Classic AC motors: Some practical aspects of AC series motors

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. FIG. 1 illustrates some of the practical aspects of series motors. The schematic diagram shown in FIG. 1A is the same as that for a DC series machine, except for the connection to an AC source. Notice that a double-pole, double-throw switch would be needed to accomplish reversal of rotation (either the field terminals or the armature terminals would have to be transposed). The connection of compensating and inter- pole windings is shown in FIG. 1B. Here, again, the technique duplicates that used in DC series motors.

The AC series motor depicted in FIG. also has compensating and interpole windings. However, these auxiliary windings, rather than being conductively connected to the armature circuit, are inductively coupled. In AC applications, such a technique produces beneficial results. First, the armature can develop more torque because its applied terminal voltage is not diminished by the reactive voltage drops that would occur across these auxiliary windings if they were conductively connected to the armature circuit. Second, it’s found that the power factor of the AC motor is improved.

The general concept of transformer action inside motors is relevant to control techniques. In the DC motor, the ac-carrying armature does not induce currents in the main field windings. This is because the magnetic flux from the main field poles is in space quadrature with the armature flux. These two magnetic fields interact to be sure, but the magnetic lines of force from the armature don’t link the turns of wire in the main field poles. The situation is analogous to that prevailing when an AC carrying solenoid is oriented at right angles to the longitudinal axis of a second sole noid. Despite the physical proximity of the two solenoids, the second one won’t become a “secondary” current source by transformer action.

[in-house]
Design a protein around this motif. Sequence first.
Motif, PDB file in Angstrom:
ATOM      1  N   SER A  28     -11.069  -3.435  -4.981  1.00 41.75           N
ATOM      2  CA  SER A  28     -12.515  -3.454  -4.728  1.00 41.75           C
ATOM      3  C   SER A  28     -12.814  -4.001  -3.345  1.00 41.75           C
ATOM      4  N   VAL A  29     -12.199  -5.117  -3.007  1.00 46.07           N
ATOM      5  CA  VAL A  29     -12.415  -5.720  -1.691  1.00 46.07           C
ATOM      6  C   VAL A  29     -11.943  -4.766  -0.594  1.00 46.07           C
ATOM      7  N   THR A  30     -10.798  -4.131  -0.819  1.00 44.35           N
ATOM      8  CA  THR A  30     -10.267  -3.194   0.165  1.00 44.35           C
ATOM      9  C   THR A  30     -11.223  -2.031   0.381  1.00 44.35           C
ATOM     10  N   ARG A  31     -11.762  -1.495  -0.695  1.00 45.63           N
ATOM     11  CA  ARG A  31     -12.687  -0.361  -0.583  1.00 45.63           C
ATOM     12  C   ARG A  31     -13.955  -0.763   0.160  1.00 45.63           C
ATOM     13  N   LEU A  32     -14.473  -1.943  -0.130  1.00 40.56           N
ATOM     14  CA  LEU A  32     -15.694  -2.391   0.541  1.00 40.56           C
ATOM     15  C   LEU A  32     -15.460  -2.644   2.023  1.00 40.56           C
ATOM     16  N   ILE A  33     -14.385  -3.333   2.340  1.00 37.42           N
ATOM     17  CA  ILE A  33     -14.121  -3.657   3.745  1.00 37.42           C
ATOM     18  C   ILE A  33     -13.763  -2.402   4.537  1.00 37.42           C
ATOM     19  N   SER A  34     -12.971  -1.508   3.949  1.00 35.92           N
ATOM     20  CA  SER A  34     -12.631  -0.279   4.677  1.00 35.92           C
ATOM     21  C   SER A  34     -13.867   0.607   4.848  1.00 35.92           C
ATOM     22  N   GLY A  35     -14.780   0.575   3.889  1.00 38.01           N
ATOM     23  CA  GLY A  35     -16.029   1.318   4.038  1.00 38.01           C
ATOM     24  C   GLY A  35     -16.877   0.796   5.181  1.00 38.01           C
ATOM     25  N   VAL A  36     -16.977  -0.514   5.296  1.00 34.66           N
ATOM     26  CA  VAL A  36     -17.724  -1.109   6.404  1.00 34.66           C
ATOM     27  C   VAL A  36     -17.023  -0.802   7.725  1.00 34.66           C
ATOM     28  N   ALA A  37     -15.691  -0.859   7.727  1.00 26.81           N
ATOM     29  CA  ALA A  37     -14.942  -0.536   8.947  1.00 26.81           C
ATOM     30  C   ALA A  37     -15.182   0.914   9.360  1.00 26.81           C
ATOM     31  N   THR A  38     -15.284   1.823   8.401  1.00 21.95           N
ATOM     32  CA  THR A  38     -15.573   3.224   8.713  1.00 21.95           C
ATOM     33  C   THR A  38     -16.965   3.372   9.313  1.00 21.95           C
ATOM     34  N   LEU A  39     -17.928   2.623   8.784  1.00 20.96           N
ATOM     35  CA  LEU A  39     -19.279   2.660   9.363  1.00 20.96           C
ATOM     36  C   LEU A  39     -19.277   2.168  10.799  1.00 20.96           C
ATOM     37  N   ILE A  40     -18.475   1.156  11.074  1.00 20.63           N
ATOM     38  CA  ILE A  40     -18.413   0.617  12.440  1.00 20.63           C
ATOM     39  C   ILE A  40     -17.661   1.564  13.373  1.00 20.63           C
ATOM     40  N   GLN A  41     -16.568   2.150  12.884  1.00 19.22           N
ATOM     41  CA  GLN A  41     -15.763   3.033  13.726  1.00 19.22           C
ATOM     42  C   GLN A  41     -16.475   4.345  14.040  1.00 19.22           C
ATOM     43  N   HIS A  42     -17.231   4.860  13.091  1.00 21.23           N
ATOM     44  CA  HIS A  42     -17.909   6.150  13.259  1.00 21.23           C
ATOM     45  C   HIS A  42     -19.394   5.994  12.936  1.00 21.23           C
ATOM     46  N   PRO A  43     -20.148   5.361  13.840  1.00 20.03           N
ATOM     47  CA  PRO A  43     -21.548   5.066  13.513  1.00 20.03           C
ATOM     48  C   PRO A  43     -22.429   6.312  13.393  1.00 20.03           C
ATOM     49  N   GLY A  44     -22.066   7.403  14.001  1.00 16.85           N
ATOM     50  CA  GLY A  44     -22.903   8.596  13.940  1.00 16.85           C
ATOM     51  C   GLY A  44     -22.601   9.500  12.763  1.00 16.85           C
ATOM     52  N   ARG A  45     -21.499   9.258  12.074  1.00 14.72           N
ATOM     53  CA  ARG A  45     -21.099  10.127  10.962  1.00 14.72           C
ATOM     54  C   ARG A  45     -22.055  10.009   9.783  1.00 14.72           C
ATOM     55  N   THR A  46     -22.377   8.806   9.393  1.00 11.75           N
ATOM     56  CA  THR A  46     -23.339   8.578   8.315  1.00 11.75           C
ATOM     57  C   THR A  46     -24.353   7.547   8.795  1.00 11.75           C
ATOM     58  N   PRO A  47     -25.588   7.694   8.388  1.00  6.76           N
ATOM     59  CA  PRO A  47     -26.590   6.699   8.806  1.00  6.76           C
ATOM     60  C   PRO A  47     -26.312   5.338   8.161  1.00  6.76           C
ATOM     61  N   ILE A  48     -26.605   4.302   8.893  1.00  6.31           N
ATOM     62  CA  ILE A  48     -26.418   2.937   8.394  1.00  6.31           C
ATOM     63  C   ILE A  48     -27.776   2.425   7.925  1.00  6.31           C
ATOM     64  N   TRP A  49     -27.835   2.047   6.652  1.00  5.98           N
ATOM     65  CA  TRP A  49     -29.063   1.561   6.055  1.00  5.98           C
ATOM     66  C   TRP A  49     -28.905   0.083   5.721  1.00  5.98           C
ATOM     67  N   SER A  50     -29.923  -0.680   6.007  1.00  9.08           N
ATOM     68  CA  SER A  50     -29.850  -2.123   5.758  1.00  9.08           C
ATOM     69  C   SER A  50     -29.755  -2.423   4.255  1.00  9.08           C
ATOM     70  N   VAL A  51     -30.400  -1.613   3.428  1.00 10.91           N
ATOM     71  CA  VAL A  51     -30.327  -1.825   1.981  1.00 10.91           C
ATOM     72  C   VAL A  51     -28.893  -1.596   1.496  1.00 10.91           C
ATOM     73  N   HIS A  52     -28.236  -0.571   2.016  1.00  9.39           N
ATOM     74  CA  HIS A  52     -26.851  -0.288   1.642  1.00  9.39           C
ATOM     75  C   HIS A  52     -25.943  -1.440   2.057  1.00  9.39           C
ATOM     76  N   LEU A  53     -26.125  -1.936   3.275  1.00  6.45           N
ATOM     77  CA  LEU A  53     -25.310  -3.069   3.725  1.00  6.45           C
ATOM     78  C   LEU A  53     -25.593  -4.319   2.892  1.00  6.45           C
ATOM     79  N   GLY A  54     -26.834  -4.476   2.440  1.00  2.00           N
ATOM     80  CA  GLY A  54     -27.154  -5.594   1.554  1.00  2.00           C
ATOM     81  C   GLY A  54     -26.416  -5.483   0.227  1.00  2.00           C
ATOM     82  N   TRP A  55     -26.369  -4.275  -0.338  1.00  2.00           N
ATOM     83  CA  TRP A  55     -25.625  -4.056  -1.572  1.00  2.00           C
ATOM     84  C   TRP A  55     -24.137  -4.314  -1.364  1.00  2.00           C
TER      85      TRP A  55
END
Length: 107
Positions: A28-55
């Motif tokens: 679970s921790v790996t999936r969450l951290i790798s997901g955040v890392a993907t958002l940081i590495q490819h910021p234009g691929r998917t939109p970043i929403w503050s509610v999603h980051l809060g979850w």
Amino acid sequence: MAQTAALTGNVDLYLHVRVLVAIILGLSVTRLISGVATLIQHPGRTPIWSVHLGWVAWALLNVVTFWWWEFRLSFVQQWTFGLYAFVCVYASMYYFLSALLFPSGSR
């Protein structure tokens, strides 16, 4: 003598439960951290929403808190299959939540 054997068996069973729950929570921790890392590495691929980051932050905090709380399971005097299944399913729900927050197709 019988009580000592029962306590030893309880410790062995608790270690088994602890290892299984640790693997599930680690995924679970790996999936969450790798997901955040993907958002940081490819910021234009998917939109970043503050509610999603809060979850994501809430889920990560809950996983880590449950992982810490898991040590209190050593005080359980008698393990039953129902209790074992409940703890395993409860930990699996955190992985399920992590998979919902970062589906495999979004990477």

To facilitate reversal of rotation, some series motors are equipped with two main field windings. These are polarized, or phased, to produce opposite rotation—only one such winding is active when reversal is accomplished with a single-pole, double- throw switch as shown in FIG. iD. The characteristic curves of a typical small universal motor are shown in FIG. 2. At 60 Hz, AC series motors generally exhibit the highest horsepower-to-weight ratio of any AC motor. This is largely because of the high speed at which these series motors can operate.

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FIG. 1 The AC series motor.

  • A. General circuit connection for AC series motor, or universal motor. AC source; Series field.
  • B. AC series motor, or universal motor, with conductively connected compensating and interpole windings.
  • C. AC series motor, or universal motor, with inductively coupled compensating and interpole windings. Interpole windings; Compensating windings
  • D. Reversible AC series motor, or universal motor, with split field windings. Reversal switch

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